Using secrets for code and database credentials

Hi there

I am currently working with colleagues on a small webapp that is based on PHP and a database.

We have set up a workflow where every push to the master branch copies the repository to our test webserver.

Until now we have always worked with ZIP files and email - now that is automated and simplified but now we fail because the secrets do not work as we want them to.

We don’t want to store the real database accesses, but rather a variable that is replaced by the real credential when it is delivered to the web server, so that the web server gets a running webapp while there is no critical data in the repository.

Is there a way to automate this or do we have to upload manually again?

Thank you very much in advance!

1 Like

That’s what GitHub secrets are, aren’t they?

Yes exactly. I use them always for the Action / Deploy process to store my FTP credentials in it. But now i have a repository cotaining a php file with credentials for my database and i dont want to expose them. I hoped that there is a way to hide them with with secrets.

idea; can I create a file via cat ${{ SECRET }} > file.php in the workflow? If so, I would have the file containing the access data created by the workflow…?

I haven’t tested it personally, but the documentation describes how to commit an encrypted file and decrypt it using a secret. Maybe that would help?

Having any sort of credentials hardcoded in a PHP file sounds like a bad idea. Why don’t you you let PHP read the credentials from environment variables for instance?

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Can you be more specific? I know there is such a thing, but I don’t think I’ve really worked with it.

Something along the following, with the database password stored as GitHub secret with name SCRIPT_CREDENTIALS:

steps:
  - name: Execute script
    env:
      PASSWORD: ${{ secrets.SCRIPT_CREDENTIALS }}
    run: php script.php

script.php:

<?php
$servername = "localhost";
$username = "username";
$password = getenv("PASSWORD");

$conn = new mysqli($servername, $username, $password);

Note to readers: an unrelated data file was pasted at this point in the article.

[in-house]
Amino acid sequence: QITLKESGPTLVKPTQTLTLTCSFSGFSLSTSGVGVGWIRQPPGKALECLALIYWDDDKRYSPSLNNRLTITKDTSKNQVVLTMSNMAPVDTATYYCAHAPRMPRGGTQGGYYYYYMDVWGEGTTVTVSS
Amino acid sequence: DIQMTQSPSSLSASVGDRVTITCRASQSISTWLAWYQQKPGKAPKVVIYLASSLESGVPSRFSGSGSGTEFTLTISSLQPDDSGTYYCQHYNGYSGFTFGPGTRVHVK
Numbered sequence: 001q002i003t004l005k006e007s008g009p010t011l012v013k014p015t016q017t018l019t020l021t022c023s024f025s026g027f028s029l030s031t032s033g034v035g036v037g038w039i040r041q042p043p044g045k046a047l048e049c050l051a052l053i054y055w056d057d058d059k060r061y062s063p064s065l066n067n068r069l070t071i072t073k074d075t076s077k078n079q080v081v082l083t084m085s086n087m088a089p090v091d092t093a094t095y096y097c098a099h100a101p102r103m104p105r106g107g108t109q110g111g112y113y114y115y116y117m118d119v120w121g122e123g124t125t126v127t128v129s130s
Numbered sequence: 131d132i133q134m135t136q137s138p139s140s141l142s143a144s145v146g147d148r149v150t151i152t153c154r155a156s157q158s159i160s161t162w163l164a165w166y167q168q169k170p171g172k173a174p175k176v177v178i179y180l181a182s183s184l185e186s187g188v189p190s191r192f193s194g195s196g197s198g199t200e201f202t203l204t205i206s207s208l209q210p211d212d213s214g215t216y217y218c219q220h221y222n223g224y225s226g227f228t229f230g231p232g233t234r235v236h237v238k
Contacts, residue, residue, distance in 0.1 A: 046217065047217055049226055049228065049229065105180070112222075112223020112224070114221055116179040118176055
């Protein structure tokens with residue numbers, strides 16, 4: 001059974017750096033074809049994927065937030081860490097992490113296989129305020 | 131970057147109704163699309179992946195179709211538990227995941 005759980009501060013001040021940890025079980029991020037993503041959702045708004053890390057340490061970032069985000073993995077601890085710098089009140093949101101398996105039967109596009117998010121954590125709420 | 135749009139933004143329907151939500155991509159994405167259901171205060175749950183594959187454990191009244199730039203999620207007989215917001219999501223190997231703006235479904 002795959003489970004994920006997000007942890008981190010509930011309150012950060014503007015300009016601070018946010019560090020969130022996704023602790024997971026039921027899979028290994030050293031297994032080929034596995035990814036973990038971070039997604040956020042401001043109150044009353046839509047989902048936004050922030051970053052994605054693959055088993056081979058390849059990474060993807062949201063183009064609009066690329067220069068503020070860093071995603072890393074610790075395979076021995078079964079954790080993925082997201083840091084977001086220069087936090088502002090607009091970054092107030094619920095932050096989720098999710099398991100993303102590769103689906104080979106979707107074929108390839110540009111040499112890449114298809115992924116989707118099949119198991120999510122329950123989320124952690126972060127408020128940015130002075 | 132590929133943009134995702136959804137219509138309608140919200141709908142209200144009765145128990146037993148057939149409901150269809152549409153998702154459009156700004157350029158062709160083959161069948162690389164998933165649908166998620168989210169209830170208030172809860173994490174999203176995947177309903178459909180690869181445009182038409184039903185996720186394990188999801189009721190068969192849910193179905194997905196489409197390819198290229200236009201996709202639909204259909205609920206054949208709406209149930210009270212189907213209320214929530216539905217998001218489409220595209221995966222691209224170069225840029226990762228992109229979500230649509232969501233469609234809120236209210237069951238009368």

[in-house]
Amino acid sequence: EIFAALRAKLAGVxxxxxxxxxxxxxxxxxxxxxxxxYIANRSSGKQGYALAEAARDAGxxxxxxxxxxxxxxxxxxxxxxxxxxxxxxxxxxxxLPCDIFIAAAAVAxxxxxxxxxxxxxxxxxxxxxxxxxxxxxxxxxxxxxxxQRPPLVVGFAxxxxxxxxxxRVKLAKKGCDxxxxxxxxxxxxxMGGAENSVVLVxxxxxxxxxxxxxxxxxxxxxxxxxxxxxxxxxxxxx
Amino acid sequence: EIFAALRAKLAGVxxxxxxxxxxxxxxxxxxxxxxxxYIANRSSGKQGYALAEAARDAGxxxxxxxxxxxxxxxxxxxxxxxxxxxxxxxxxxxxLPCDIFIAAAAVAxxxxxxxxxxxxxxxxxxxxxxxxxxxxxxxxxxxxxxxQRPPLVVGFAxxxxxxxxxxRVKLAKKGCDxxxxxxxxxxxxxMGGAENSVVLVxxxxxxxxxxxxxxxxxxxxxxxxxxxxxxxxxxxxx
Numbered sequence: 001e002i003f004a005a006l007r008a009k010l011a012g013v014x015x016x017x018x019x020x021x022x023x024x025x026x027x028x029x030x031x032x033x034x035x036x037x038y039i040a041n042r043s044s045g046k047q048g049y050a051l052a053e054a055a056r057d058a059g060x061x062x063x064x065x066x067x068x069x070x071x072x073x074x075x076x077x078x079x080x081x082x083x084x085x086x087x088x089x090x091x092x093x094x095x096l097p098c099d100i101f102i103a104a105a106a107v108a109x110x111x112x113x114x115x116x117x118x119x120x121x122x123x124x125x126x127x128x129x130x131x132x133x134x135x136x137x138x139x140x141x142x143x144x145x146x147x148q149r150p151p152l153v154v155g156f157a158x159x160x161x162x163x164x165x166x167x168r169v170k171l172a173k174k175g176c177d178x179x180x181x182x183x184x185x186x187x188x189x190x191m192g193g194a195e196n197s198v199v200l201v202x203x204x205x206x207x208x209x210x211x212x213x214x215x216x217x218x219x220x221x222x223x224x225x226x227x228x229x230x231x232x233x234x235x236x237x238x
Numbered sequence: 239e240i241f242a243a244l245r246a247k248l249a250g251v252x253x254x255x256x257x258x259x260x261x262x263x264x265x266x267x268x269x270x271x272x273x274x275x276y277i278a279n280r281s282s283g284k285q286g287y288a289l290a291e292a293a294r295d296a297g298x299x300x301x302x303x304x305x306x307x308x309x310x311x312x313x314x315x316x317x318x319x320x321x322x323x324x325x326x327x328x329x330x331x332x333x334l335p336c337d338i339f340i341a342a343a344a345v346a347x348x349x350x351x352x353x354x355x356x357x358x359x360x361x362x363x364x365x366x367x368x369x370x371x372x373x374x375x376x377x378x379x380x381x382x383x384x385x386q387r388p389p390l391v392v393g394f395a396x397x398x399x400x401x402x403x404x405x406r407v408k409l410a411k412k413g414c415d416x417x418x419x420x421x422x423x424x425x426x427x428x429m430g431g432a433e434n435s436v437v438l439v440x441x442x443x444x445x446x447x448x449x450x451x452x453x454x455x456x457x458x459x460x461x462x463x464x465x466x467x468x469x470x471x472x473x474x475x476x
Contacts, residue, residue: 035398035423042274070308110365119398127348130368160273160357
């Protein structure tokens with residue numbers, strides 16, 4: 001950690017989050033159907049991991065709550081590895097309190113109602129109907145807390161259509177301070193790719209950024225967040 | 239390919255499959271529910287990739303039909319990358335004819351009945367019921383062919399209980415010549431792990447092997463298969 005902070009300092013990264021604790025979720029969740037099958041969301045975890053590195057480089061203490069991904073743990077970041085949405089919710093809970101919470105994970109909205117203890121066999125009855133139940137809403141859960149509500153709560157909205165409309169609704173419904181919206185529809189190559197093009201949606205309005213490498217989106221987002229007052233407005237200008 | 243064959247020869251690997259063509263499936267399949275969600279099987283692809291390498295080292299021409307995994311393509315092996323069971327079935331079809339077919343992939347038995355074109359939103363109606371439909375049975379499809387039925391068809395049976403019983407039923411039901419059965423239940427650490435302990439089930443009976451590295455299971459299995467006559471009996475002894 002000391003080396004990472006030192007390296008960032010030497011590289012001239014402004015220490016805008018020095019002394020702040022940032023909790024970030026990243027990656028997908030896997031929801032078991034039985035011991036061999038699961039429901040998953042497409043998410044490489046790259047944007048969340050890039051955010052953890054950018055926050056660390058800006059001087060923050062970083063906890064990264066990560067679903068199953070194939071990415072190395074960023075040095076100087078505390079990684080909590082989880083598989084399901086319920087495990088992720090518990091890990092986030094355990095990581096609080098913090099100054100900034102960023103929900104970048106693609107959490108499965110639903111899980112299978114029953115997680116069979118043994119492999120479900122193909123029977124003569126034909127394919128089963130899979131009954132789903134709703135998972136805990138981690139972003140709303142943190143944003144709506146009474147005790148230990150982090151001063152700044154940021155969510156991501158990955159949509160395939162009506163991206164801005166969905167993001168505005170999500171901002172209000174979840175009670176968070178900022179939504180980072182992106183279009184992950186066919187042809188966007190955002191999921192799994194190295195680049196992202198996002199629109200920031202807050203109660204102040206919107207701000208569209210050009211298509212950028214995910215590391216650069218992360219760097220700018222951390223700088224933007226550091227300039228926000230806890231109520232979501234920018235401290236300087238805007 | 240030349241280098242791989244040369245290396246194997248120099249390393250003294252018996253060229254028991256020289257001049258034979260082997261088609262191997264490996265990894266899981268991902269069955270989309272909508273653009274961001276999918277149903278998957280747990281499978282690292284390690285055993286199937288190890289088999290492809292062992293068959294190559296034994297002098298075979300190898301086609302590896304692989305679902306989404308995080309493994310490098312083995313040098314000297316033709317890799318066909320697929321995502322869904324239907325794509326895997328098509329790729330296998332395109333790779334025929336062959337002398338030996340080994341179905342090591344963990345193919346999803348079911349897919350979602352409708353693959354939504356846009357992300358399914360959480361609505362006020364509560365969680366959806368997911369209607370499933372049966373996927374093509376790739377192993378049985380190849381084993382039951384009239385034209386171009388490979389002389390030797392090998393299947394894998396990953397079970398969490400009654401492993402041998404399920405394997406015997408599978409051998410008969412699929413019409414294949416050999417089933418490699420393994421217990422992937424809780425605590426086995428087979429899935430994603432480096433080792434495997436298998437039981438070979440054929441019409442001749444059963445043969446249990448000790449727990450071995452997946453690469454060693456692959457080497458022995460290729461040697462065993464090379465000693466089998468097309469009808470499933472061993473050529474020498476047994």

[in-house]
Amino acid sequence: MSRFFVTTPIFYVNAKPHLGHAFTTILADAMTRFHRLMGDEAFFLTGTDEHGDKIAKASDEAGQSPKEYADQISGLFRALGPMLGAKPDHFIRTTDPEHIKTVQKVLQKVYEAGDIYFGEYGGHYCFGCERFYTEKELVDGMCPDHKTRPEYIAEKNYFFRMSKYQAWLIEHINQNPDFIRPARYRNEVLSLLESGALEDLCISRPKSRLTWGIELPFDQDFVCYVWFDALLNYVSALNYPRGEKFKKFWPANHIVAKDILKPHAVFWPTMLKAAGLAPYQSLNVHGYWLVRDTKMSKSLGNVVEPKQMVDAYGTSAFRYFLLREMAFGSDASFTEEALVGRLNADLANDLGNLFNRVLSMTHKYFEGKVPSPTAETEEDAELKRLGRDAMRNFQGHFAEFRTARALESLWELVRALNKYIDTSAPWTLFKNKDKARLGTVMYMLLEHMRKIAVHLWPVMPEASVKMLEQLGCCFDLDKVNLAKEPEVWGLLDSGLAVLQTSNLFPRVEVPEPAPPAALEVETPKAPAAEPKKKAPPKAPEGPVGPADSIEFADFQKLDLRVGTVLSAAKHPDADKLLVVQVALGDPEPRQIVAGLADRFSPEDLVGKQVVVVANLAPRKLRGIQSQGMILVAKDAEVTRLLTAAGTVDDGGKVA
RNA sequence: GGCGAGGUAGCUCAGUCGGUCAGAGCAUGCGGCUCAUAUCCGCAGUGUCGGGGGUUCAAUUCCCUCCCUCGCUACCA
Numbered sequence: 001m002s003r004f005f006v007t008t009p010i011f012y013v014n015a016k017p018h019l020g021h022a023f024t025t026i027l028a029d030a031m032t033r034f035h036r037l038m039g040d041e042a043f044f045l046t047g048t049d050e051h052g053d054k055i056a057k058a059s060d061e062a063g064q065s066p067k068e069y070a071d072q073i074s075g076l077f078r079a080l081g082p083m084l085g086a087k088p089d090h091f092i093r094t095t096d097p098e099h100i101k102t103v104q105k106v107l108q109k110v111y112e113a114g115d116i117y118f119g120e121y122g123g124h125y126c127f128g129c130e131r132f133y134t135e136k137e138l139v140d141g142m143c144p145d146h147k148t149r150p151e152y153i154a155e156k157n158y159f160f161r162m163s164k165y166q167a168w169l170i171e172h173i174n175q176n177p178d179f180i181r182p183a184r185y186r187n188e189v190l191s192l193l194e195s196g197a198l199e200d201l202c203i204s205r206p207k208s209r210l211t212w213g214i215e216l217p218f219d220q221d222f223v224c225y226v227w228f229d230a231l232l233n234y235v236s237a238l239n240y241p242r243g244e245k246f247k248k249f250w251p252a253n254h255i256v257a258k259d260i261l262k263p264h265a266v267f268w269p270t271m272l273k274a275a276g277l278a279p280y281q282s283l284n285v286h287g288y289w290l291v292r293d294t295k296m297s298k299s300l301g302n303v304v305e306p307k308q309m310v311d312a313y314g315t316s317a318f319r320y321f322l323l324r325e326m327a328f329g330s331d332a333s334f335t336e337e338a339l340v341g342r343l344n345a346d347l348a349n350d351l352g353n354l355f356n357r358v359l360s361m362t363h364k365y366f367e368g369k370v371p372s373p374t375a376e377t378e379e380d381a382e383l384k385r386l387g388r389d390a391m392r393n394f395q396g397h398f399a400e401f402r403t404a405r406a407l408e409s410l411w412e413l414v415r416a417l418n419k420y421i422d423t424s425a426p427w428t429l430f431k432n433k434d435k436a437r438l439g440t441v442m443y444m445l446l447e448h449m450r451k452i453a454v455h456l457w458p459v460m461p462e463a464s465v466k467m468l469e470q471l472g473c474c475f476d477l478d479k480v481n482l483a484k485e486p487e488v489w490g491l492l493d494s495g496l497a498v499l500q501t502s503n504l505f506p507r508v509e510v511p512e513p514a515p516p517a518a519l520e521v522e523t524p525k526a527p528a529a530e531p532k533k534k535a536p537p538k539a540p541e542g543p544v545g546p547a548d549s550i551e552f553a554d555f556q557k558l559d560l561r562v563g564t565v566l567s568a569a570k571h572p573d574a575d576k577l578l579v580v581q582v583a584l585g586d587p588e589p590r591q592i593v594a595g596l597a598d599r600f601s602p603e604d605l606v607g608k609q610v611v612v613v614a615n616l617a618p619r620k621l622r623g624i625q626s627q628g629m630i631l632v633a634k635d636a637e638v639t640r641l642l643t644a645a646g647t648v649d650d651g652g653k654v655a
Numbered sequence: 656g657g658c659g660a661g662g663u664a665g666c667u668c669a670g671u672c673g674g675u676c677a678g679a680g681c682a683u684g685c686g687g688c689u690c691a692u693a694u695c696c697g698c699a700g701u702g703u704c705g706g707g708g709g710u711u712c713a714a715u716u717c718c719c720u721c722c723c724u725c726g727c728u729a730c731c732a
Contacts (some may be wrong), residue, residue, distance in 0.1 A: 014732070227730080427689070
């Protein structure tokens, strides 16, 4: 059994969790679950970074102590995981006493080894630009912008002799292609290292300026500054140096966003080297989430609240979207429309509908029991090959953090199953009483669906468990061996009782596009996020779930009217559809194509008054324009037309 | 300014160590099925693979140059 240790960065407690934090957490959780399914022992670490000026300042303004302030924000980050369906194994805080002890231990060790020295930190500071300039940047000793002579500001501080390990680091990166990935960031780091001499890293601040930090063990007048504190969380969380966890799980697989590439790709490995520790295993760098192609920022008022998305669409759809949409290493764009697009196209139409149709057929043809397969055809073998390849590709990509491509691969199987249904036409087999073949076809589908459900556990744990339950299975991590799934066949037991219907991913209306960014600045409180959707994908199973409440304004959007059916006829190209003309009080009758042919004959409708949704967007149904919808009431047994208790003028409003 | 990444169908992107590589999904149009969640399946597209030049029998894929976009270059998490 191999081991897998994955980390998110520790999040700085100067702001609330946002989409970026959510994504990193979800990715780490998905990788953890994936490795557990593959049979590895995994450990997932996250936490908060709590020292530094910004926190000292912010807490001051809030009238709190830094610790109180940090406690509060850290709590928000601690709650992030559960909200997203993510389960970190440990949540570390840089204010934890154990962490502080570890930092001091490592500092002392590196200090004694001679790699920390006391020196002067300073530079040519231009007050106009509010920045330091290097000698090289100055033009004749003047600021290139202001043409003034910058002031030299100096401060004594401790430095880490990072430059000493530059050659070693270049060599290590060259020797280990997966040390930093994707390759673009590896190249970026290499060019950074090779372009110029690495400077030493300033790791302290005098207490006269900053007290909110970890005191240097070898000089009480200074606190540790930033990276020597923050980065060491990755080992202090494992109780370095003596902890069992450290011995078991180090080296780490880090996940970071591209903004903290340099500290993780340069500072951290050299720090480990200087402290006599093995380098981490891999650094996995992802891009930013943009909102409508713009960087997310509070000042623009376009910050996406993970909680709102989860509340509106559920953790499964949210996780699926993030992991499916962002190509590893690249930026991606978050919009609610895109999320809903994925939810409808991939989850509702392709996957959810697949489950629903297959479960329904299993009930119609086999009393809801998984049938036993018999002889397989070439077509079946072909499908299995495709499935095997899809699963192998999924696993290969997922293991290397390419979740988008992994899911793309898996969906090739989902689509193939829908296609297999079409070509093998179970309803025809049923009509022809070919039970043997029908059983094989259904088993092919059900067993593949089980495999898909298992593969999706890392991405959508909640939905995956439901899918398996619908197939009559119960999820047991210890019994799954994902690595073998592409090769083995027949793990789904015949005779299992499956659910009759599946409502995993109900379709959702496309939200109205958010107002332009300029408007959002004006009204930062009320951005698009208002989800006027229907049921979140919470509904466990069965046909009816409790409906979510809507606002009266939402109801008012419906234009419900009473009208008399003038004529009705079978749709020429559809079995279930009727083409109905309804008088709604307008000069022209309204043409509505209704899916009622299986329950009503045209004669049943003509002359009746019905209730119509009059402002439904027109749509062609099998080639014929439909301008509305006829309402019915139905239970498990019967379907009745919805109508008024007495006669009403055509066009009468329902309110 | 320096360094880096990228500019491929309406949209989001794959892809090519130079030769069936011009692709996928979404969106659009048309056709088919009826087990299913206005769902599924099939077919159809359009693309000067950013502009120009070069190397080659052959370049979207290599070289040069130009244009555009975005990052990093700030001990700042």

if ($conn->connect_error) {
  die("Connection failed: " . $conn->connect_error);
}
echo "Connected successfully";
?>
2 Likes

Sorry, I was on the road for a few days and could not test nor answer anything.

Your solution looks good, would do that.

In the converted file on the server you will only find the variables but not the modified data (the content of the variables)

Run php config/db.php
  php config/db.php
  shell: /bin/bash -e {0}
  env:
    SERVER: ***
    USERNAME: ***
    PASSWORD: ***
PHP Warning:  mysqli::__construct(): (HY000/2002): No such file or directory in /home/runner/work/dcd-test/dcd-test/config/db.php on line 6
PHP Stack trace:
PHP   1. {main}() /home/runner/work/dcd-test/dcd-test/config/db.php:0
PHP   2. mysqli->__construct() /home/runner/work/dcd-test/dcd-test/config/db.php:6
Connection failed: No such file or directory

The folder is in the correct path on the server, it just seems like the php command doesn’t work. Does that need a special package?

Can you check what the working directory is with pwd?

Looks like it cannot find config/db.php relative to the current working directory. Although the last log entry says “Connection failed”, which seems a bit odd.

Thanks a lot for this!. I want to do the same using python and email credentials, instead. In python I’m using os.environ.get() to read the secrets, but with no success so far. Any ideas on how to do it with python?

To quote from your Stackoverflow post:

- name: execute py script # run sj-gobierno.py to get the latest data
  env: | 
    EMAIL_ADDRESS: ${{ secrets.EMAIL_ADDRESS }}
    EMAIL_PASSWORD: ${{ secrets.EMAIL_PASSWORD }}

The problem is that you’re turning setting a text block for env, instead of individual keys. Correct version:

- name: execute py script # run sj-gobierno.py to get the latest data
  env:
    EMAIL_ADDRESS: ${{ secrets.EMAIL_ADDRESS }}
    EMAIL_PASSWORD: ${{ secrets.EMAIL_PASSWORD }}

I also highly recommend moving the pip install to a separate, previous step so it doesn’t have access to the secrets. Principle of least privilege and all that.

1 Like

Thank you, it worked!. And thank you for the recommendation to move pip install to a previous step. For others interested in using secrets inside python, I can confirm that os.environ.get() does the job.

1 Like

.py file

import smtplib
import os
from email.message import EmailMessage
EMAIL_ADDRESS = os.environ[‘EMAIL_ADDRESS’]
EMAIL_PASSWORD = os.environ[‘EMAIL_PASSWORD’]
msg = EmailMessage()
msg[‘Subject’] = ‘Checking smtplib FROM GITHUB’
msg[‘From’] = EMAIL_ADDRESS
msg[‘To’] = ‘lxmnmrzn@gmail.com’
msg.set_content(‘This is a email check.’)
with smtplib.SMTP_SSL(‘smtp.gmail.com’, 465) as smtp:
smtp.login(EMAIL_ADDRESS, EMAIL_PASSWORD)
smtp.send_message(msg)

.yml file

  • name: execute py script
    env:
    EMAIL_ADDRESS: {{ secrets.EMAIL_ADDRESS }} EMAIL_PASSWORD: {{ secrets.EMAIL_PASSWORD }}

ERROR
smtp.login(EMAIL_ADDRESS, EMAIL_PASSWORD)
can only concatenate str (not “bytes”) to str

Please help me solve this problem

Are you using Python 2?
os.environ['...'].decode('utf8') might do the trick.

There was an issue with the GitHub secrets, was setting secrets in environment instead of repo.
@canovasjm helped me solve it.
Thank you @Simran-B @canovasjm